Who’s the punk – the child or the teacher?
Brendan O’Neill: Sympathy for the dumbbell-wielding Peter Harvey won’t help solve the schooling crisis
Since when has it been acceptable for a 50-year-old man to beat a 14-year-old boy around the head with a dumbbell while yelling, "Die, die, die"?
Reading the coverage of the Peter Harvey case – the stressed-out teacher who lashed out at one of his tearaway pupils in July last year – you get the distinct impression that some commentators and teaching union officials consider Harvey's behaviour to have been perfectly acceptable, if not positively laudable.
In a complete inversion of moral norms, Harvey has been hailed as a heroic, dumbbell-wielding vigilante who stood up to a mob of "feral, underclass children", and treated as a hapless victim of the modern classroom who cannot be held responsible for his behaviour.
Why is this on-the-edge teacher being treated to such an outpouring of sympathy?
On Monday Harvey, who attacked the 14-year-old pupil at All Saints Roman Catholic School in Mansfield, was given a two-year community order for the crime of grievous bodily harm. This follows his trial at Nottingham Crown Court last month, where a jury decided he was not guilty of the more serious offence of attempted murder.
Harvey has apologised for his actions. The judge described him as a "thoroughly decent man" who had been a "dedicated and successful school teacher" for 20 years. There is no reason to doubt that assessment. But the kid-glove treatment of Harvey by sections of the press has been deeply creepy, bordering on psychotic.
Harvey has been congratulated for standing up to "worthless scum", as one journalist summed them up. Simon Heffer at the Daily Telegraph said the "revolting offender" in Harvey's classroom probably had "parents who are little better than animals" – a remarkable judgment to make considering we don't even know the 14-year-old pupil's name, far less anything about his family.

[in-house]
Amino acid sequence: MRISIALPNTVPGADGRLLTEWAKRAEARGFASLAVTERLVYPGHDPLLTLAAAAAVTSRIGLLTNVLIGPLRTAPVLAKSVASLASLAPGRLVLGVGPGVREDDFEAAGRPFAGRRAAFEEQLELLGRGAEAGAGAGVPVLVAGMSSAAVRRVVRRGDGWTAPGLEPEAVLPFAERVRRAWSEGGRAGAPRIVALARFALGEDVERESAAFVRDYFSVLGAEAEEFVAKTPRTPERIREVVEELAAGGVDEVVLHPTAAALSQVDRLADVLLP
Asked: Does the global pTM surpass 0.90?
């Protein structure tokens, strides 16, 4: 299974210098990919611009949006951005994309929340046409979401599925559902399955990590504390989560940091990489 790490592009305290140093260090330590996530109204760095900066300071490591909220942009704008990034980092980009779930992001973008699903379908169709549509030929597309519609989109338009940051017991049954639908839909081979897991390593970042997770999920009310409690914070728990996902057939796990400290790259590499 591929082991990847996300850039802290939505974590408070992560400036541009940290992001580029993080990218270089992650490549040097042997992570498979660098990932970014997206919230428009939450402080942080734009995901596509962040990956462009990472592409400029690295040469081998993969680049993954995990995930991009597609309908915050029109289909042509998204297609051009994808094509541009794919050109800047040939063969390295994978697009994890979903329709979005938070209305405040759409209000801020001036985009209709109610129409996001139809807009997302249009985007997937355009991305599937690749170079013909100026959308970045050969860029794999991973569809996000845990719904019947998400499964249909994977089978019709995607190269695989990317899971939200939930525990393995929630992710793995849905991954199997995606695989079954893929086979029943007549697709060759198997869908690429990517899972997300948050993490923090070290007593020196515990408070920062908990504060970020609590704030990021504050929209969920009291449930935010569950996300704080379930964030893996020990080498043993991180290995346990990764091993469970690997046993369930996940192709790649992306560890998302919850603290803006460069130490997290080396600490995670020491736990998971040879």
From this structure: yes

In Peter Hitchens' view, Harvey's classroom was a microcosm of Broken Britain, full of "feral savages", "mercilessly violent teenagers" and "yelling, sneering louts", who are the "products of our rich, indulgent, post-marriage, post-Christian society" and who will grow up to be "well qualified to act as concentration camp guards".
Rough translation? Little Nazis, dirty animals... getting pounded on the head with a dumbbell is the least that they deserve.
In online discussion threads, Harvey has been transformed into a halo-wearing saint. "Peter Harvey is a hero," says one blogger. "Maybe a good old fashioned coma will teach [students] a lesson or two about respect."
Harvey has been promoted to "Heroes Corner" on the popular website HolyMoly, where one fan says: "Every teacher should have a ‘break in case of emergency’ dumbbell mounted on the wall over their desk." A contributor to the Guardian's discussion threads wrote: "What a hero. That'll will teach the little punk."
Meanwhile, union officials have presented Harvey as a hapless victim, a symbol of the unspeakable stresses that teachers labour under these days. Echoing Heffer's and Hitchens' "I blame the parents" shtick, one teaching union says it is the failure of parents to act as "good role models" that drives deteriorating behaviour in classrooms.
During the Harvey trial, classrooms were described as "extremely daunting" places where some teachers tread with great trepidation. You could be forgiven for thinking that they were venturing into Helmand every morning rather than into a roomful of 14-year-olds. Every day, teachers face a "version of Hell", said Hitchens, who clearly hasn't been reading his Dante.
Of course there is a severe crisis of discipline in schools today. And, yes, the kids in Harvey's classroom were behaving very badly indeed. But it helps no one to present the dumbbell incident either as beautiful vengeance against the scum spawn of single mums or as the inevitable consequence of teachers being stressed out. The truth is that most teachers cope fairly well, without recourse to metal weaponry.
Indeed, the spinning of the Harvey beating from an unfortunate incident into something understandable, possibly even celebratory, could end up making the crisis of discipline in classrooms even worse.
Fundamentally, the driving force behind the demise of discipline in school is the collapsing authority of teachers themselves, where their moral and professional authority over their charges has been eroded by a creeping culture of relativism and today's broader cultural disdain for the idea that adults know better than children.
How will the post-Harvey depiction of children as inexplicable marauders and teachers as weepy victims do anything to reinstitute teachers' authority over kids? ·
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